Imberger (1996) and Papadimitrakis et al. (1996a, b). However mathematical models require
various data and therefore special emphasis is given in collecting and storing appropriate
information in the GIS system so as to be easily available for model simulations.
2.1 Study area
Vegoritis basin has been selected as a pilot project area. It is located in the NW part of Greece
(Figure 1). The hydrologic basin contains 4 lakes, while agricultural, industrial and mining activities
are taking place. The 4 lakes are distributed throughout an area of 1894 sq kms which is bounded
between latitude 40°18.4 N to 40° 54.2 N and longitude 21°24.2 to E 22°06.6 E. The surface area of
the lakes ranges from 1.8 to 59.7 sq. kms with a mean depth of 2 m for Secchi lake. Emphasis is
given on the environmental aspects of Vegoritis lake which has a mean depth of 20 meters.
The annual rainfall is about 600 mm. In Vegoritis hydrologic basin that it is outlined in Figure 1,
there are two main aquifers. One of the aquifers is of phreatic type and it is developed in the loose
sediments of the basin. Depth of groundwater table varies from about 0 m to more than 40 m. The
other aquifer is developed in the karstified limestones and is hydraulically connected directly with
the lake. Considerable variation of the level of Vegoritis lake has been observed.
2.2 Analysis of data
The aim of the work has been to evaluate the applicability of the use of digital multi-temporal
Landsat 5/7, SPOT Panchromatic and ASTER data for the mapping of local scale natural
environmental features and monitoring changes of land cover. This is accomplished using an
integrated methodology, which includes the application of both image processing and GIS
Two Landsat 5/7 Enhanced Thematic Mapper Plus (ETM+) scenes, one SPOT Panchromatic and
one ASTER scene have been used in the analysis. The satellite images have different acquisition
dates. The Landsat and ASTER images have been mainly analyzed, while the SPOT image has been
used in order to extract certain features like the surface extent of lakes. Temporal changes for the
last 15 years can be analyzed with the use of satellite imagery.
European Water 9/10 (2005)
Figure 1. Overview of pilot project study area.
Synergistic use of (1) topographic maps at 1:50,000 scale of the Hellenic Geographic Service
published at 1970, (2) geologic maps at 1:50,000 scale of the Institute of Geologic Mineral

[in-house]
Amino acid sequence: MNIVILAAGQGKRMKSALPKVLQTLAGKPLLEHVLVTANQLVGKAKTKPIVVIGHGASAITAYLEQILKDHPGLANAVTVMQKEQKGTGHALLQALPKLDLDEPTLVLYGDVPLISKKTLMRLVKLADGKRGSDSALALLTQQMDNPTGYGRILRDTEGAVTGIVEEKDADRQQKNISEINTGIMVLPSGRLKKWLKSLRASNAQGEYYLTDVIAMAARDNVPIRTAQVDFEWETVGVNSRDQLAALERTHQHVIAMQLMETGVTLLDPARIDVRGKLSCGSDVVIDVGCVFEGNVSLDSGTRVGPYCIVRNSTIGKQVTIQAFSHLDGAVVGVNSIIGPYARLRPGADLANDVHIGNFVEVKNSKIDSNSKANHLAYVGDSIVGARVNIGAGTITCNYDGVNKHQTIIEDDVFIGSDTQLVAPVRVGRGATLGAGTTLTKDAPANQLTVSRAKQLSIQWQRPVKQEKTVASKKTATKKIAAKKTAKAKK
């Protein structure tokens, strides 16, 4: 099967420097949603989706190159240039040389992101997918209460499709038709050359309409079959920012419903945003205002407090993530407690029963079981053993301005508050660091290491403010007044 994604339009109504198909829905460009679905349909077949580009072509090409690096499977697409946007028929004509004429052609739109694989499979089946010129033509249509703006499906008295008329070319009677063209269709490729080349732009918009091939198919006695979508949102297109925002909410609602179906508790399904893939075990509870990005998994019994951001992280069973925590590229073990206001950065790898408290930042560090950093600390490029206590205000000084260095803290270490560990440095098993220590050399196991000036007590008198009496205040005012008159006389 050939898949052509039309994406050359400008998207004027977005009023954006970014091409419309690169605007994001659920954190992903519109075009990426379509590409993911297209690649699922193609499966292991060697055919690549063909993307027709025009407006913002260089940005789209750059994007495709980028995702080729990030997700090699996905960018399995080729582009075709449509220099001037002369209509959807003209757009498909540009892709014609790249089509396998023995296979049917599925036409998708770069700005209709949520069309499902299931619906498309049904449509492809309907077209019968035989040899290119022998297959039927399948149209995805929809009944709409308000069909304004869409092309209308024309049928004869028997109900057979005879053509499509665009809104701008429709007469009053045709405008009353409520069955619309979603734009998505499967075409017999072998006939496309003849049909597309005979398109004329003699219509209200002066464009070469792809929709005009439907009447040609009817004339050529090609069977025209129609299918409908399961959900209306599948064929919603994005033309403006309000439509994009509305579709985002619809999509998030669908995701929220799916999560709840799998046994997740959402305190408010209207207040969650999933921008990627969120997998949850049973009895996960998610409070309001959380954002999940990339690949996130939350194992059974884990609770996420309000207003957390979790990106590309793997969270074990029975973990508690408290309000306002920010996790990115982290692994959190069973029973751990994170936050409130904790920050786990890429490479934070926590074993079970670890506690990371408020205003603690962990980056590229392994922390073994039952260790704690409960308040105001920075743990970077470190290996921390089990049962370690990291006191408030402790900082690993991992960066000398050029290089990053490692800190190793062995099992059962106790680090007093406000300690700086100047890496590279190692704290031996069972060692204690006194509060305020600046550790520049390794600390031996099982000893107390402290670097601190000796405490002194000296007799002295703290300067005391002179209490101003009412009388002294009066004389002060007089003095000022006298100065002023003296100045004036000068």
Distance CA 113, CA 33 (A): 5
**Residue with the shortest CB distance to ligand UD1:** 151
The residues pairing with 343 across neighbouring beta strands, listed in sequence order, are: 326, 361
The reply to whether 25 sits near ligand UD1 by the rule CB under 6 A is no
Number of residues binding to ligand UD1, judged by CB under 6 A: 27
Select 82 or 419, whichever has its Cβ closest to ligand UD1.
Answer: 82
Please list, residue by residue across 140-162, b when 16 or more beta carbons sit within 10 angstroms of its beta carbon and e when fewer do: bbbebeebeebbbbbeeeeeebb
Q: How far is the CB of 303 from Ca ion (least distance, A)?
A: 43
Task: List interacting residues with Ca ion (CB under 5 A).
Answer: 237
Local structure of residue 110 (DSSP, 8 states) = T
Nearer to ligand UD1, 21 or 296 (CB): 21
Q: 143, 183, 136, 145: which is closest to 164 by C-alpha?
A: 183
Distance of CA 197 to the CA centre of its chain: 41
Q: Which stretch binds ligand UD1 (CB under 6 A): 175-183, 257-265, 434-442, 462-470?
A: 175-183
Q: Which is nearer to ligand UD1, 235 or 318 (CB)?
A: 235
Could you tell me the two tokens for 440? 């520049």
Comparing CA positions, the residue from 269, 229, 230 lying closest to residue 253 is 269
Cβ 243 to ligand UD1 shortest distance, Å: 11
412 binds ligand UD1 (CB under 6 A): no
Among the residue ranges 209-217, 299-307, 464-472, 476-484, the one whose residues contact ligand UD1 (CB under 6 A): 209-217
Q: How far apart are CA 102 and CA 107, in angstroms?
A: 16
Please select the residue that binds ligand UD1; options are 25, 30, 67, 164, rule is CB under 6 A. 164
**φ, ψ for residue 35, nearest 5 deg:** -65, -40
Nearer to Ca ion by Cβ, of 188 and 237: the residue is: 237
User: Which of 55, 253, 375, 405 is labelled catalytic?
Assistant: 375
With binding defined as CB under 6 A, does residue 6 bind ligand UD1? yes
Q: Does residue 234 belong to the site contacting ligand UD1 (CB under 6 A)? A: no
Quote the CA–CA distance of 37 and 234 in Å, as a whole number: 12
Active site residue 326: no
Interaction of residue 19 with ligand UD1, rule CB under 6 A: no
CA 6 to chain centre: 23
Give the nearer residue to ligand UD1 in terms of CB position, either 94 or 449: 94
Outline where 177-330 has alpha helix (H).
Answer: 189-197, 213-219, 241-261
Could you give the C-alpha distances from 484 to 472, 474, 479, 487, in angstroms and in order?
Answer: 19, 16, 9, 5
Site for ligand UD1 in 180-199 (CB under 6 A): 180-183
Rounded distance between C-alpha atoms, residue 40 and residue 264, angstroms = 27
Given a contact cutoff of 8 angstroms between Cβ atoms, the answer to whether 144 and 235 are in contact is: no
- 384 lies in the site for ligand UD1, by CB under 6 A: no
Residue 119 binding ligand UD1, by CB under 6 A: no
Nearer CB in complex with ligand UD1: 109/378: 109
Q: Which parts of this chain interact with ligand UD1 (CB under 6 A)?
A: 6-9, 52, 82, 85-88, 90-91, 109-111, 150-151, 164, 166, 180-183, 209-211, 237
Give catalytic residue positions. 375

Exploration, (3) Landsat TM, SPOT and ASTER data (Table 1) with variable acquisition dates have
been carried out in the analysis.
The hydrodynamics of a lake expresses the interplay among four dominant effects: a) the
meteorological and other forcing, b) the potential energy of resident stratification, c) the lake’s
bathymetry, and d) the earth’s rotation. To this end, a variety of hydrologic, meteorologic and land
use data, as well as field measurements concerning water quality characteristics, have been selected
and stored in the GIS system so as to facilitate any water quality model simulations. Lake
bathymetry data (NCMR 2001) have been also input into the system and a digital bathymetry model
has been created for the area with 5 m pixel size, (as shown in Figure 4-D). Existing field
observations of SDT and water temperature were obtained for the lakes, from sampling Programs of
the Florina County and Water Quality Assessment Monitoring program of the Ministry of
Agriculture. All these data can be used as input to the mathematical model described in
Papadimitrakis et al. (1996a, b) for simulating the quality of water in Lake Vegoritis.
Table 1. Acquisition dates of different types of satellite images.
Processing techniques that have been applied include integrated image processing / GIS vector
data techniques. TNTmips software package has been used for the integrated application of image
processing / GIS techniques. Combination of different resolution data using data fusion techniques
proved to be effective as far as the land cover and the interpretation of geologic features are
concerned because complementary information for the same target is combined. Neural network
algorithms are quite effective for the satellite data classification (Vassilas N. and Charou E., 1999)
and of the data fusion results. The Kohonen's self-organizing map (SOM) (Kohonen, 1989) has
been used for clustering and vector quantization. SOM was used for the classification of the satellite
images. The areal extent of the lake has been mapped accurately in all cases.
M. Stefouli et al.
Changes of lake’s surface may influence water quality parameters of the lake ecosystem.
Remotely sensed data have been used in mapping the coastlines in different dates. Mapped
coastlines from satellite data are displayed in relation to the coastline of the 1:50,000 topographic
maps. The coastline of the 1999 bathymetry map (red line in 1970-1999) (NCMR, 2001), has been
proved to be inaccurate after the comparison with the one mapped on the Landsat TM image that
has been acquired during the same year (Figure 2).
Figure 2. Change of coastline, using multitemporal satellite images. The areas with the blue colour show the lake that
has been converted into land. In A, the ASTER raster data set has been extracted according to: 1. the coastline of the
topographic map dated 1970, and 2. the land / water boundary of the image dated 2001. This part of the image has
been classified into different categories (i.e. Irrigated land, agricultural land and bare land).
Significant changes of the surface extent of the Vegoritis lake has taken place in the last 30